Prince George's County Executive Lawrence J. Hogan, who said during his election campaign that public employes had a right to invoke binding arbitration to settle contract disputes, today came out against a bill giving certain county school employes that right.
Calling the measure "an abomination," Hogan said in a telephone interview, "that's not what I meant by binding arbitration."
The measure, which affects supporting school employes but not teachers, survived its first legislative test today, receiving the unanimous approval of a subcommittee of the Prince George's County delegation.
While some delegates have announced their opposition to the measure, it is expected to win the approval of the full county delegation, virtually assuring its passage in the House. It is not clear, however, whether a majority of county senators will support it.
The bill requires that an arbitrator from the American Arbitration Association be called in when the school board and the employes reach an impasse in their contract negotiations. The arbitrator's decision would then be binding on both the school board and the county government.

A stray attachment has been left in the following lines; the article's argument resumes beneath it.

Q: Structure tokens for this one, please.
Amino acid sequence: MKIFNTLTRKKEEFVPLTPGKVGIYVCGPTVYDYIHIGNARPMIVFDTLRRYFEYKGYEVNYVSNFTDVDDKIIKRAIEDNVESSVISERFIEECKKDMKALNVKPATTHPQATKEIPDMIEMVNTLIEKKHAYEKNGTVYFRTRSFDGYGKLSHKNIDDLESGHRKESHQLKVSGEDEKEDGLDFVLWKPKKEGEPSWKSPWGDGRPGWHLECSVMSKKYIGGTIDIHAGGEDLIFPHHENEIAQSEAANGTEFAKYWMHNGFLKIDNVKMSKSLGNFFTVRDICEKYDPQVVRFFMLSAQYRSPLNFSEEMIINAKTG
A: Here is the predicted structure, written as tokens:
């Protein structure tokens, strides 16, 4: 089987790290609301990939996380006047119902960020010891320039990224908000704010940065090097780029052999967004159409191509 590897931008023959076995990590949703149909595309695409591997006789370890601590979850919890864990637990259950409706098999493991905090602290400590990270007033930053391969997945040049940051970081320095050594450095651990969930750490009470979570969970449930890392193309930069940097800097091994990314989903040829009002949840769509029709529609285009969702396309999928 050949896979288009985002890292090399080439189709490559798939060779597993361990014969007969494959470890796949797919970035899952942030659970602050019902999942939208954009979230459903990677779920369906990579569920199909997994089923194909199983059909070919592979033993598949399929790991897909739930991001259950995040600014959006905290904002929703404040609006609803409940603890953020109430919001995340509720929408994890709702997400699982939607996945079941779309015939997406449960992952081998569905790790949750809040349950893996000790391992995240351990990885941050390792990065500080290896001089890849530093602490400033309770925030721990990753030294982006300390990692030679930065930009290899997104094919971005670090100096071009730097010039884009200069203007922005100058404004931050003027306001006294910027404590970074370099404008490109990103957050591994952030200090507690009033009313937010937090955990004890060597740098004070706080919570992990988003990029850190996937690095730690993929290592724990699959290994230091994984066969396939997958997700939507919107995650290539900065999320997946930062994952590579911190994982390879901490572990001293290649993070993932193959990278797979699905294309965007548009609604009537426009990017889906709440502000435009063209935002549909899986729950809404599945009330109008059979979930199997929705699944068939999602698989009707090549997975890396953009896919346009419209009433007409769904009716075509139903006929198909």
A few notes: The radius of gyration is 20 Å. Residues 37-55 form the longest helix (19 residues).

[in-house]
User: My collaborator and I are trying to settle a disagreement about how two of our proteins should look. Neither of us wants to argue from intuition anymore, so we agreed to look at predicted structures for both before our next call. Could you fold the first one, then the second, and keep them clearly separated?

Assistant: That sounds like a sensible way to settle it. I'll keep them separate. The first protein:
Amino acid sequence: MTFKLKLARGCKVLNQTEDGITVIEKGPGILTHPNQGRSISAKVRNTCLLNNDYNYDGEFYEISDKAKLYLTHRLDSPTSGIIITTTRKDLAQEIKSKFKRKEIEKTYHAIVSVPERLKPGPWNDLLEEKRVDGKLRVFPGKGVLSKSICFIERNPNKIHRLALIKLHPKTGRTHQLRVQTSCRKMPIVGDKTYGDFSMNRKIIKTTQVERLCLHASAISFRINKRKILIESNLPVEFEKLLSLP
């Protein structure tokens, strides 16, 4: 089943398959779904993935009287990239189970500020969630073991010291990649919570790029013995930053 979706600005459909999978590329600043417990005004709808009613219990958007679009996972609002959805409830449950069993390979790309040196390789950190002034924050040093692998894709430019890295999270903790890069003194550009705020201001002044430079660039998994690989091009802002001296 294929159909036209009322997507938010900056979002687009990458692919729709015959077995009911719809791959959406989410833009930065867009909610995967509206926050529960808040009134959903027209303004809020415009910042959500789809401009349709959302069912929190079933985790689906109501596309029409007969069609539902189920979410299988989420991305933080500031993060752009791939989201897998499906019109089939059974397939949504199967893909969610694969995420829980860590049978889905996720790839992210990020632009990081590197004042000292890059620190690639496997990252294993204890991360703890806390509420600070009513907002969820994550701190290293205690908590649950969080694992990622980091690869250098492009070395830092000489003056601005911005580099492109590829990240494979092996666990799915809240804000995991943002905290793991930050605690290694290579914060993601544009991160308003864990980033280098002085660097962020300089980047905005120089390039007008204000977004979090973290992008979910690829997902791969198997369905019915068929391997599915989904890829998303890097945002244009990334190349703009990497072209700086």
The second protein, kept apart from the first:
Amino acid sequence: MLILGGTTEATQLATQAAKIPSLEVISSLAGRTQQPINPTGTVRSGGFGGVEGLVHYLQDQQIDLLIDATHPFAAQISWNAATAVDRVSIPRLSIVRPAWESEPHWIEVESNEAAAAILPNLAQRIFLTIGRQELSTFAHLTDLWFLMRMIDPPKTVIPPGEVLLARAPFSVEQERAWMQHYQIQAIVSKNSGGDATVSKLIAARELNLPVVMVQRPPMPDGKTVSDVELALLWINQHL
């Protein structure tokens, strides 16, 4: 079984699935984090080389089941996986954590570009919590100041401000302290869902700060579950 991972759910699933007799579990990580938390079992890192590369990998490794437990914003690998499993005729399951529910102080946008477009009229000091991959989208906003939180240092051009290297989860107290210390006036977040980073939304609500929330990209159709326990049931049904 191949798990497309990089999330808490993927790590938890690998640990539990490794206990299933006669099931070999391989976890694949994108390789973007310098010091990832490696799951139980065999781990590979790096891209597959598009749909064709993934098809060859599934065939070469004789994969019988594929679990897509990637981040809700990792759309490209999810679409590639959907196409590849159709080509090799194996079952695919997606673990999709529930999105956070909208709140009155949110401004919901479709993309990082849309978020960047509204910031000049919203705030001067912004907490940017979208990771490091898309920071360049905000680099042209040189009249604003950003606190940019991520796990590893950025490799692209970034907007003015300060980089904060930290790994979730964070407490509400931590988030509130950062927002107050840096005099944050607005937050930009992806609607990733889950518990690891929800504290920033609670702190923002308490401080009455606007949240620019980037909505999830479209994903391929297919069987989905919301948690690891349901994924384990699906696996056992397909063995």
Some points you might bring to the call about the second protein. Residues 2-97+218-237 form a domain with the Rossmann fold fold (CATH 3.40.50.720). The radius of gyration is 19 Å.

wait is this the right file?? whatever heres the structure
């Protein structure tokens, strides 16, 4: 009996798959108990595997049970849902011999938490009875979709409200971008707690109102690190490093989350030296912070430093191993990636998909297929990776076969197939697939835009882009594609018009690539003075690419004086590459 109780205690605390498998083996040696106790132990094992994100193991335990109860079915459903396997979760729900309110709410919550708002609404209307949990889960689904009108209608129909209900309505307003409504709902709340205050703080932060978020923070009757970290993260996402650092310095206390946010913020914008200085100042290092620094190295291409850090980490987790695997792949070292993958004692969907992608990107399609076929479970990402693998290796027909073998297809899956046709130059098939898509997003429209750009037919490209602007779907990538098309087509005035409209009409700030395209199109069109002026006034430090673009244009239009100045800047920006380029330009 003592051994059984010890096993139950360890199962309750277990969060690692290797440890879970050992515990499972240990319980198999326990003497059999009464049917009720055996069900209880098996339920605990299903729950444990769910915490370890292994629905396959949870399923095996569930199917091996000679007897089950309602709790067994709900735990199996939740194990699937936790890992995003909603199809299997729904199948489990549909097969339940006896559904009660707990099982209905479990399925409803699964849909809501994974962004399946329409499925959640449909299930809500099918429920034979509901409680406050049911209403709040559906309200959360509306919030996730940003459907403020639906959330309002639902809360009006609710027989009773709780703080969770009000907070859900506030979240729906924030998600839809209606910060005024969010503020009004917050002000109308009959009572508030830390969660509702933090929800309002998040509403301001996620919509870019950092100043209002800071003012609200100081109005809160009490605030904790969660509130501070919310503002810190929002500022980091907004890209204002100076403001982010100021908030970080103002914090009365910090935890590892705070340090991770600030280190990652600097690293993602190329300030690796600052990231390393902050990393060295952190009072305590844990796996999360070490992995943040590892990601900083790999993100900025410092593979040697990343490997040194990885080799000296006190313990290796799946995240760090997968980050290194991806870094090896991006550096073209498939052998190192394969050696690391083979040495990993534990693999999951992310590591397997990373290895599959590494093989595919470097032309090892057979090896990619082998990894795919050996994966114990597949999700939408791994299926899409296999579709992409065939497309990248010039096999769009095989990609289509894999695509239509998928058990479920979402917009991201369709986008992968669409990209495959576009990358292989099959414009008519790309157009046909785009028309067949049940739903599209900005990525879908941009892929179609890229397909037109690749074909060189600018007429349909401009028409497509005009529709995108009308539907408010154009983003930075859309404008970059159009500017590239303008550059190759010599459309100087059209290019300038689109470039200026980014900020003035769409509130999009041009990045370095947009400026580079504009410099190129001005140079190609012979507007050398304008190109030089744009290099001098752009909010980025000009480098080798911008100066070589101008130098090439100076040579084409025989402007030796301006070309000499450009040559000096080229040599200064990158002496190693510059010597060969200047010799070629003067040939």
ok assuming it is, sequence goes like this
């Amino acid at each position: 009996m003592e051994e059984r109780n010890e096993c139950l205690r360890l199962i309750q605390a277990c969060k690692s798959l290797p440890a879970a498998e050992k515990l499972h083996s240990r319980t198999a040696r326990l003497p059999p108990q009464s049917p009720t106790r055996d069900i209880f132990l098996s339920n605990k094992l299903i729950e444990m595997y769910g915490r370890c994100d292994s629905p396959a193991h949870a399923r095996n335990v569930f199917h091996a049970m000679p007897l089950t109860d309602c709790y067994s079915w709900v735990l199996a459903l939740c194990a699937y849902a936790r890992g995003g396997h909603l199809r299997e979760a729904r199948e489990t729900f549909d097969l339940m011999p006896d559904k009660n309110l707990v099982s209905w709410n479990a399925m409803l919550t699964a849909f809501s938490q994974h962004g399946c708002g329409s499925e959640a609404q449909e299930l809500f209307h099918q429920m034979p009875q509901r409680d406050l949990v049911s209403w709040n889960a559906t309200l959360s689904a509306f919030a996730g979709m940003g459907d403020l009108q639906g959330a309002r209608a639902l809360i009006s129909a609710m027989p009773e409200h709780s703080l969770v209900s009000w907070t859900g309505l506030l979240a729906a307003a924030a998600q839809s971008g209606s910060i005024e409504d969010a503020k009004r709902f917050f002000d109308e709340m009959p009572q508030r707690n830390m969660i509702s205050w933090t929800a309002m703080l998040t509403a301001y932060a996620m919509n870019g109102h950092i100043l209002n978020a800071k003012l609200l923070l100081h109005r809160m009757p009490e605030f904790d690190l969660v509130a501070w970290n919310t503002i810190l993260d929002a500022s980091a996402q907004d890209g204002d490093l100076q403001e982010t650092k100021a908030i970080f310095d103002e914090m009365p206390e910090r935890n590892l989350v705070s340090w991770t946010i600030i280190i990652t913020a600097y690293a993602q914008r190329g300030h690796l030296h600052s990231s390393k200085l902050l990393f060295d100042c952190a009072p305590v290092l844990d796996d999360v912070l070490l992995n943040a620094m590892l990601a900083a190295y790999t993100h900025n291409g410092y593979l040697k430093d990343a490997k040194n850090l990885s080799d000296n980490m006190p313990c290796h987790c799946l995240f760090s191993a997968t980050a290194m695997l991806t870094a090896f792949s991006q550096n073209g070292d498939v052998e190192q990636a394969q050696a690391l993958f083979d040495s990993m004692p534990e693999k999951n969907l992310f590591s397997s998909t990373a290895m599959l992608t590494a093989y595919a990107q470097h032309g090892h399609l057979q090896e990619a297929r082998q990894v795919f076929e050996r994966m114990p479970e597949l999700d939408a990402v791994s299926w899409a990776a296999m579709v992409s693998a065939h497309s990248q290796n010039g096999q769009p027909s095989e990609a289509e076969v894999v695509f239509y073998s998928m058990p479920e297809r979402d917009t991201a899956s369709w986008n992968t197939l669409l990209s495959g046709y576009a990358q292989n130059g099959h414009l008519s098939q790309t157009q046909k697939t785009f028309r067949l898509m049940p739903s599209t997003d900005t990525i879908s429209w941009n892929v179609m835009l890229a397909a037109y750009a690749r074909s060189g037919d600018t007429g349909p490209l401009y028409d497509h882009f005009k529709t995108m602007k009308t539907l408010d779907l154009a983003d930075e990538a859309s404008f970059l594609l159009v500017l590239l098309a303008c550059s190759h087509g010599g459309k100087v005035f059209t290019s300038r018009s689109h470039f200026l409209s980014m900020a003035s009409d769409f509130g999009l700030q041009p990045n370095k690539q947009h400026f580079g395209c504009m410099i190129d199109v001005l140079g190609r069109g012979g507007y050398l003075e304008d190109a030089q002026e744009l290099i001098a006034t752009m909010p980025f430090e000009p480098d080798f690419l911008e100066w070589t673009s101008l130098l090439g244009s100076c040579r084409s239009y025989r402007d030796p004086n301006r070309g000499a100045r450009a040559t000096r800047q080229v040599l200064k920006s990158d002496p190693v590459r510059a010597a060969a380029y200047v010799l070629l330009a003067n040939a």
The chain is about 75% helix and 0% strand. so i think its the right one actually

About 4,500 school bus drivers, custodians, cafeteria and clerical workers, all members of Local 2250 of the American Federation of County, State and Municipal Employes -- would be affected by the legislation.
A number of legislators today said Hogan's opposition to the bill represented a complete reversal of his campaign stance.
"From the way I read his campaign statements, he supported binding arbitration," said State Sen. John Garrity (D-Prince George's). Garrity, a strong supporter of the school employes bill, added, "Now he's backtracking -- which is typical Hoganism."
Hogan, however, disagreed with this view. The people accusing him of flipflopping on the question, he said, are wrong.
"Somebody who likes fruit might not like bananas," the Republican county executive added.
In an interview during his campaign last fall, Hogan said, "You have to give unions either the right to strike or binding arbitration if they are to have any power.
"I'm adamantly against giving them the right to strike. If you take away binding arbitration too, then you're robbing them of any real bargaining power."
Despite his opposition to the school employes bill, Hogan angrily insisted in a telephone interview today that he supports "the concept of binding arbitration."
He added that he has asked some staff members to draft legislation that will "clarify what I mean by binding arbitration" for public employes. This legislation is likely to require that citizens be represented on the arbitration panel and that the negotiating session be open to the public, Hogan said.
He said the school employes bill, sponsored by Prince George's Dels. Lorraine S. Sheehen and Gerard F. Devlin, would "take away from the county executive and County Council control of the school board's budget."
The bill is also opposed by the County Council.
The bill's supporters, however, say it would eliminate the risk of an illegal strike by the school employes.